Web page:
However, she is right and also with the majority in constructing a character autopsy based on the skeins of rumour and information that we all feel we know about celebrities who hardly any of us ever met or knew anything, really, about. Natasha Richardson was constructed as a darling wife and mother after her unpredictable death earlier this year, and she may or may not have been either. Though toxicology reports consistently refuted speculation that Heath Ledger had died of massive and multiple drug intoxications, the story that the actor had been consumed by his recently completed performance as a disturbed insomniac in the film The Dark Knight, and died in squalor surrounded by pills scattered all over the grungy floor, is the Ledger myth that most people still believe.

It isn’t too strange, then, when Moir does the same, steadfastly refusing to ignore the collateral and bits and pieces of iconography that surround Gately and his death. As she writes, the circumstances surrounding his death were ‘a little sleazy’, just like the hotel-room antics of many Brits who decamp for a week or two to Spain. Gately and his partner brought a Bulgarian tourist back to their room, and the two latter guys (most probably) got into some man-ramming in the lounge area while Gately went to sleep. Sounds like a fun and really quite typical young people’s night out while on holiday in a foreign country.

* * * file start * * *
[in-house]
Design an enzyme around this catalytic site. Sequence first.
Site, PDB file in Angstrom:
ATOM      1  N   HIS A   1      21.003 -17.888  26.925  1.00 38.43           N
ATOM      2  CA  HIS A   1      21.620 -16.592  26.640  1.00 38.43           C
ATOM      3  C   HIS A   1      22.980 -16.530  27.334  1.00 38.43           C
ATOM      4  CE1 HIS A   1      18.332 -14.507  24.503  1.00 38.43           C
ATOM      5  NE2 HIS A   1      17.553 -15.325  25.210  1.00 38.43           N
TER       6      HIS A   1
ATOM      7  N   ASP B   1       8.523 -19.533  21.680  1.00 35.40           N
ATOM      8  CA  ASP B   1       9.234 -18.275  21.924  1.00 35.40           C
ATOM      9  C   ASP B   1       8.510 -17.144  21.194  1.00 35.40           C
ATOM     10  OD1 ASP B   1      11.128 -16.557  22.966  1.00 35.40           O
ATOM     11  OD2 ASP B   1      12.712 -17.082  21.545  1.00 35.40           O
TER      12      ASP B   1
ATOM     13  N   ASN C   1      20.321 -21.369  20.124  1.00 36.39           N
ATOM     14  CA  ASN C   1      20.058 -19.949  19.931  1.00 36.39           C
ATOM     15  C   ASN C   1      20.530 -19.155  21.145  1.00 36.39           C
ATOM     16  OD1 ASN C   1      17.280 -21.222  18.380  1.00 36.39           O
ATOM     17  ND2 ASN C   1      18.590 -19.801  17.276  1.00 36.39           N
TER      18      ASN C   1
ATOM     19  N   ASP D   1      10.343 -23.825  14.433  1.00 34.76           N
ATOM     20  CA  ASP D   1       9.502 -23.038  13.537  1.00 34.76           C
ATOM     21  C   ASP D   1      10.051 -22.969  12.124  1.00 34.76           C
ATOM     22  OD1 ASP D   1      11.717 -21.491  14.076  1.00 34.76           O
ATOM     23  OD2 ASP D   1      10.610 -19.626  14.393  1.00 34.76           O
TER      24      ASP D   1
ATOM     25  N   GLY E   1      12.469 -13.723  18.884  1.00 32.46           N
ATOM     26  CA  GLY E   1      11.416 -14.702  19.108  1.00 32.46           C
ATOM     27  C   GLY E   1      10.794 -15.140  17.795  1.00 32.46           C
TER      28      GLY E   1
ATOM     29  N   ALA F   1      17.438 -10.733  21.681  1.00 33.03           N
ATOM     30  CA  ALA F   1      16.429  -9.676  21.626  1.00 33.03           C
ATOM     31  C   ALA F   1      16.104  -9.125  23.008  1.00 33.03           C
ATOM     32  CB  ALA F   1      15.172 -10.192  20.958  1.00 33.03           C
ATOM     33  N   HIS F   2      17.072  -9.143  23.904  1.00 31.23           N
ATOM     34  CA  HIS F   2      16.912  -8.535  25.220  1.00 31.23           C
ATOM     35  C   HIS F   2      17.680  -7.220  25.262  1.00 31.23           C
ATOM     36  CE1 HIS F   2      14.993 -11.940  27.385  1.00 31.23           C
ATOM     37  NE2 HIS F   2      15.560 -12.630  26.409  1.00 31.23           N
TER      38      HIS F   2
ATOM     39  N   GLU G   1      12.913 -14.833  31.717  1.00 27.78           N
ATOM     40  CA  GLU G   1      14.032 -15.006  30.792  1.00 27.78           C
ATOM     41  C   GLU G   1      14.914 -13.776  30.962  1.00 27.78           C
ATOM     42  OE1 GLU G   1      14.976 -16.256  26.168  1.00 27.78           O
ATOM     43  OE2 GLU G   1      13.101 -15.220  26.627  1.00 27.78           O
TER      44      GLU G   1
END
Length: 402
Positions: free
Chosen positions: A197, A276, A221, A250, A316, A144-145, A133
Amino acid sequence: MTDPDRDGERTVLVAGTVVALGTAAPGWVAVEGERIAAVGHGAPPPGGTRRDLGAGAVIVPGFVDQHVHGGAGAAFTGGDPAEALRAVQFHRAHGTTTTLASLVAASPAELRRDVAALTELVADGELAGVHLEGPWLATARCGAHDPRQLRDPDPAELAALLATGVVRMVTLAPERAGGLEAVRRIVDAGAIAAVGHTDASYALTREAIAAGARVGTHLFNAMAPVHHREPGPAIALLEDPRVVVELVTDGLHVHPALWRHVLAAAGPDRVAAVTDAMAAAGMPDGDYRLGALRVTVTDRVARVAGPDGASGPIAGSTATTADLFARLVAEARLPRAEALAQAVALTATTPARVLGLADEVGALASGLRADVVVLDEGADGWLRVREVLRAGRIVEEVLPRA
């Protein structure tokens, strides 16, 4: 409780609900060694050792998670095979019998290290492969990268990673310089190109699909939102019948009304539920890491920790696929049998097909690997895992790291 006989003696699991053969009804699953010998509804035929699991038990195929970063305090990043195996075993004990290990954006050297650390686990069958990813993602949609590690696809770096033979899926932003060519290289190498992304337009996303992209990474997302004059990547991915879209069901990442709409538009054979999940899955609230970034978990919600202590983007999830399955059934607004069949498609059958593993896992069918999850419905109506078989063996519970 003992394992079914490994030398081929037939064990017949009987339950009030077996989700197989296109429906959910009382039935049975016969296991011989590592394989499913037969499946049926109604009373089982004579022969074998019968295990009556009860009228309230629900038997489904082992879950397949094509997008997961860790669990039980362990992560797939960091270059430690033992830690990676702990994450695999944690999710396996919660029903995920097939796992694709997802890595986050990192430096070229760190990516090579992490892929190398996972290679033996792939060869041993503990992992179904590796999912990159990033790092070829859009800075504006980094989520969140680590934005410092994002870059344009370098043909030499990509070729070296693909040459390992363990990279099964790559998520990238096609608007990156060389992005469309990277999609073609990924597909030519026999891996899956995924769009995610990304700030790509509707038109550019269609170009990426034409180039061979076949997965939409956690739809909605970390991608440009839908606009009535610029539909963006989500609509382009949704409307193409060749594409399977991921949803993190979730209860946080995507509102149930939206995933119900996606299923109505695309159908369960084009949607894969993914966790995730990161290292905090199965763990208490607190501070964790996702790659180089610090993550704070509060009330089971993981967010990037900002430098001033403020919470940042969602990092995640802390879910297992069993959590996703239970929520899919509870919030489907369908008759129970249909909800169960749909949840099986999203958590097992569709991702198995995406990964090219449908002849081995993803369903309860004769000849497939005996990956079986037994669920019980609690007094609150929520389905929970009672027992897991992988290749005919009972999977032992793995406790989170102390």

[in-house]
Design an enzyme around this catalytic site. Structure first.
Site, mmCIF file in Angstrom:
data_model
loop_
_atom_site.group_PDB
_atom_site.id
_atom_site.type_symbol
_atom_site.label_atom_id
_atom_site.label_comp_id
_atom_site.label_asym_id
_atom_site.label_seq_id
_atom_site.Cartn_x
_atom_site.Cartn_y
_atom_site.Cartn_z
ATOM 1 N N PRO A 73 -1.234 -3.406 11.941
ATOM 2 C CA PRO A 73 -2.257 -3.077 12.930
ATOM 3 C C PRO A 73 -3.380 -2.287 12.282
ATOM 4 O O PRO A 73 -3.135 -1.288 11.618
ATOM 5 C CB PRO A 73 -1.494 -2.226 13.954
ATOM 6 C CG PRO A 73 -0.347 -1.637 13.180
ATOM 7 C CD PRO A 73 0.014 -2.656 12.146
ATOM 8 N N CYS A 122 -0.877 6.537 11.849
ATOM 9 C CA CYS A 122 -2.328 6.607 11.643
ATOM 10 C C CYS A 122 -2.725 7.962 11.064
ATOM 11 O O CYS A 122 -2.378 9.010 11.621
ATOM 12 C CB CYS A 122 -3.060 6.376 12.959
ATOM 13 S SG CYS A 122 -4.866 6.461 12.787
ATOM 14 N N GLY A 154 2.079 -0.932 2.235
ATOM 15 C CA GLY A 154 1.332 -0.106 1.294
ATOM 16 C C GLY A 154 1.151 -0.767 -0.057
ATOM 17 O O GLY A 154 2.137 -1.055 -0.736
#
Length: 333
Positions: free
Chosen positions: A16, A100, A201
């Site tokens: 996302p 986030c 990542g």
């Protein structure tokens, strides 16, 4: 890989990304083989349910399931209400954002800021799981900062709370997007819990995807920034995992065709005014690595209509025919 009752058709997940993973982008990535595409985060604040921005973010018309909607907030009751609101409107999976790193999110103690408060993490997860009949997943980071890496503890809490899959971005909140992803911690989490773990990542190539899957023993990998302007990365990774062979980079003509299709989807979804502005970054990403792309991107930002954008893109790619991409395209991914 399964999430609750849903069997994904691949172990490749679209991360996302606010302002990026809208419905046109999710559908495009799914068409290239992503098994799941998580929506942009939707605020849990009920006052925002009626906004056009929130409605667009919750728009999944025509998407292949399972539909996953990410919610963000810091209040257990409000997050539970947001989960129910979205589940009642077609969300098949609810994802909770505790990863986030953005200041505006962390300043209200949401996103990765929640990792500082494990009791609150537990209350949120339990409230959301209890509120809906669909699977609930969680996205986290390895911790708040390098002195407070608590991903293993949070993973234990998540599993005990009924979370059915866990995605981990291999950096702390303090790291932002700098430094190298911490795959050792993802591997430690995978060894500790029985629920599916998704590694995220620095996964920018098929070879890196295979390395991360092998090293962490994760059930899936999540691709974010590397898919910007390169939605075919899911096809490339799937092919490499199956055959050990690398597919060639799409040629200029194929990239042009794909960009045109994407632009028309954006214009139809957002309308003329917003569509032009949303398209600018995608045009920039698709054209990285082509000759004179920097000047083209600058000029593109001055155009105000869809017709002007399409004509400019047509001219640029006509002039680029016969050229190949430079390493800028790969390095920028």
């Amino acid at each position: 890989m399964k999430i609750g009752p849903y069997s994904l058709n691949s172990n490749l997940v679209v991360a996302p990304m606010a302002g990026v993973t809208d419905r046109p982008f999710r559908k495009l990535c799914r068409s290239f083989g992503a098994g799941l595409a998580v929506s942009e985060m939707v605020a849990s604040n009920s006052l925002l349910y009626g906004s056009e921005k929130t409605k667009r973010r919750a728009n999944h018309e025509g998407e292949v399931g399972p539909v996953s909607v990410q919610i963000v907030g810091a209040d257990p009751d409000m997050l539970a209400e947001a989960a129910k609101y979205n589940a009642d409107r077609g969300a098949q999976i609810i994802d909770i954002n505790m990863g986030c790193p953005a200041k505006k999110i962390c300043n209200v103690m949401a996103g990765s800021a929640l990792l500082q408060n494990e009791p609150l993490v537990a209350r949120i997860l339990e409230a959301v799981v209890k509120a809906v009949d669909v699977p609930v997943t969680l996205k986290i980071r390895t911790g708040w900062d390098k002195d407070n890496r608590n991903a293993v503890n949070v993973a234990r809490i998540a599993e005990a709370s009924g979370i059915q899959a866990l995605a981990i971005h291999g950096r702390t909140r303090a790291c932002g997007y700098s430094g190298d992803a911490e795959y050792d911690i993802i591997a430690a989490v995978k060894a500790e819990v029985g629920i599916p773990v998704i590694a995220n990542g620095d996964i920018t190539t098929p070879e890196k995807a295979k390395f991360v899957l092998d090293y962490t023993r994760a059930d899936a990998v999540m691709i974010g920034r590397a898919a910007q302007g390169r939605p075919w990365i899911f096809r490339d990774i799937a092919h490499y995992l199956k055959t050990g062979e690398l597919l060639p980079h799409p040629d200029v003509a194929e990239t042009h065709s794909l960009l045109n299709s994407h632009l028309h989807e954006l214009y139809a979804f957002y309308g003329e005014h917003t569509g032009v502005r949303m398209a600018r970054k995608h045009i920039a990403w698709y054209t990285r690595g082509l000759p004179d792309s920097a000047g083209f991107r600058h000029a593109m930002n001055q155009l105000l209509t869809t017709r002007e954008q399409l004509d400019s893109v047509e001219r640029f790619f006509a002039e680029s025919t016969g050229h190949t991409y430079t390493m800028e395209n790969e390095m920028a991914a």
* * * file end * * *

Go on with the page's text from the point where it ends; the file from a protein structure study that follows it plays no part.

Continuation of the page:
So Moir is in hyperbole overdrive when she writes that the circumstances of Gately’s death ‘strikes another blow to the happy-ever-after myth of civil partnerships’, but again, she isn’t entirely misguided. Plenty of straight married couples and even more straight singletons like to swing and have threesomes and so on while on hot-weather holidays (which is partly why easyJet does such a roaring trade), and so gay couples should be able to do the same thing without specific gay-judgement.